Methi Aloo Sevai ~ from Suma of Veggie Platter
Methi Aloo Sevai ~ from Suma of Veggie Platter

Methi Upma ~ from Pavani of Cook's Hideout
Methi Upma ~ from Pavani of Cook’s Hideout

Methi Thelpaa ~ from Anupama of Food n More
Methi Thelpaa ~ from Anupama of Food n More

Methi Paratha with Kasuri Methi ~ from Manasi of A Cook @ Heart
Kasuri Methi Paratha and Daal Palak ~ from Manasi of A Cook @ Heart

Methi Paratha
Methi-Green Garbanzo Paratha from Sapna of Indian Monsoon

Methi Dal (Fenugreek Dal) ~ from Priya of Aahaar Vihaar
Methi Dal (Fenugreek Dal) ~ from Priya of Aahaar Vihaar

Methi Dal (Methikura Pappu) ~ from Latha of Masala Magic
Methi Dal (Methikura Pappu) ~ from Latha of Masala Magic

Methi-Dal Sabzi ~ from Ramya of Mane Adige
Methi-Dal Sabzi ~ from Ramya of Mane Adige

Methi Kela nu Shaak (Methi and Banana Curry) ~ from Richa of As Dear As Salt
Methi Kela nu Shaak (Methi and Banana Curry) ~ from Richa of As Dear As Salt

Methi n Meen (Fenugreek and Fish) ~ from Mathy of Virundhu
Methi n Meen (Fenugreek and Fish) ~ from Mathy of Virundhu

Methi Biryani ~ from Rajani of Amma Cheppindi
Methi Biryani ~ from Rajani of Amma Cheppindi

Methi Rice (Menthikura Annam) ~ from Latha of Masala Magic<br />
Methi Rice (Menthikura Annam) ~ from Latha of Masala Magic

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Agathi Keerai (Hummingbird Tree Leaves)

Agaththik keerai Sodhi ~ from Mathy of Virundhu
Agaththik keerai Sodhi ~ from Mathy Kandasamy of Virundhu

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Amaranth Leaves (Thotakura, Koyagura)

Thotakura Vepudu (Amaranth Stir-Fry) ~ from Sailaja of Sailu's Food
Thotakura Vepudu (Amaranth Stir-Fry) ~ from Sailaja of Sailu’s Food


Fresh Amaranth Leaves and Green Brinjals Curry
Thota kura and Poluru Vankaya Kura ~ from Me


Amaranth Dal (Thotakura Pappu) ~ from Me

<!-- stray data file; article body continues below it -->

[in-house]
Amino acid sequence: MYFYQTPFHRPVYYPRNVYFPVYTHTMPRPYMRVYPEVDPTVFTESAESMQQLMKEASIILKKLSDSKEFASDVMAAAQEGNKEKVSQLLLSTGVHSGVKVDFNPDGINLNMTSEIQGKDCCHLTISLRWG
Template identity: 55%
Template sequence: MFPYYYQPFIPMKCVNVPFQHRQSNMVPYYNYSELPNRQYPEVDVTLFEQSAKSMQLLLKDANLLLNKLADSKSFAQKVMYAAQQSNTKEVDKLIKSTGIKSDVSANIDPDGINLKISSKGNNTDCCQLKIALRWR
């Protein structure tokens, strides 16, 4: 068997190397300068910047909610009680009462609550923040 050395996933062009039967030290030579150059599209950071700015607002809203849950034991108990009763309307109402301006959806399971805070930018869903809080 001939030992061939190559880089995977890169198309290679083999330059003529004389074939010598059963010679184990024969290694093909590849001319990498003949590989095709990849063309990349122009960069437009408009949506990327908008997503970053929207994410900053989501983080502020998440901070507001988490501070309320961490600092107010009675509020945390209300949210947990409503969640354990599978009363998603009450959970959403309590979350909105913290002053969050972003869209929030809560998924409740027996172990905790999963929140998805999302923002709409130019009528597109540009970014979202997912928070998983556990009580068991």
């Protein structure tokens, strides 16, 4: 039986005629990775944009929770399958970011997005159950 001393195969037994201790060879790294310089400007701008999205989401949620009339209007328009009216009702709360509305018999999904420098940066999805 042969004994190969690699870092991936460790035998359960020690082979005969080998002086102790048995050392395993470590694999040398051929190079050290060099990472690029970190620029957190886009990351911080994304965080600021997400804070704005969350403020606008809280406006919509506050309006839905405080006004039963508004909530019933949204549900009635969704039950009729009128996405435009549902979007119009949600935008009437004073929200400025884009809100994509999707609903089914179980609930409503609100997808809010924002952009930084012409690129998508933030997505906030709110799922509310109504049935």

Thotakura Avakaya (Amaranth-Mango Pickle) ~ from Anusharaji of Talimpu
Thotakura Avakaya (Amaranth-Mango Pickle) ~ from Anusharaji of Talimpu

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Arugula

Arugula Soup ~ from Sig of Live to Eat
Arugula Soup ~ from Sig of Live to Eat

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Arvi/Arbi/Colocasia/Taro Leaves

Patra Bajia (Stuffed Arbi/Colocasia Leaves) ~ from Pelicano of Elachi et Cetera...
Patra Bajia (Stuffed Arbi/Colocasia Leaves)
~ from Pelicano of Elachi et Cetera…

Steamed Paatra(Taro) Leaves ~ from MT of Menu Today
Steamed Paatra(Taro) Leaves ~ from MT of Menu Today

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Bachali Leaves

Dal with Bachali Aaku/Purslane Leaves/Mayalu Bhaji/Mong Toi<br />
~ from Dee of Ammalu's Kitchen
Dal with Bachali Aaku/Purslane Leaves/Mayalu Bhaji/Mong Toi
~ from Dee of Ammalu’s Kitchen

Bachali -Chana Dal in Tamarind Sauce ~ from Madhavi of My Veggie World
Bachali -Chana Dal in Tamarind Sauce ~ from Madhavi of My Veggie World

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Beetroot Greens

Dal Saag with Beet Greens and Spinach ~ from Asha of Foodie's Hope
Dal Saag with Beet Greens and Spinach ~ from Asha of Foodie’s Hope

Tambdi Bhajji with Beet Greens ~ from Vee of Past, Present and Me
Tambdi Bhajji with Beet Greens ~ from Vee of Past, Present and Me

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Bok Choy

Stir-Fried Bok Choy with Cashews ~ from Smitha of Spiced for Life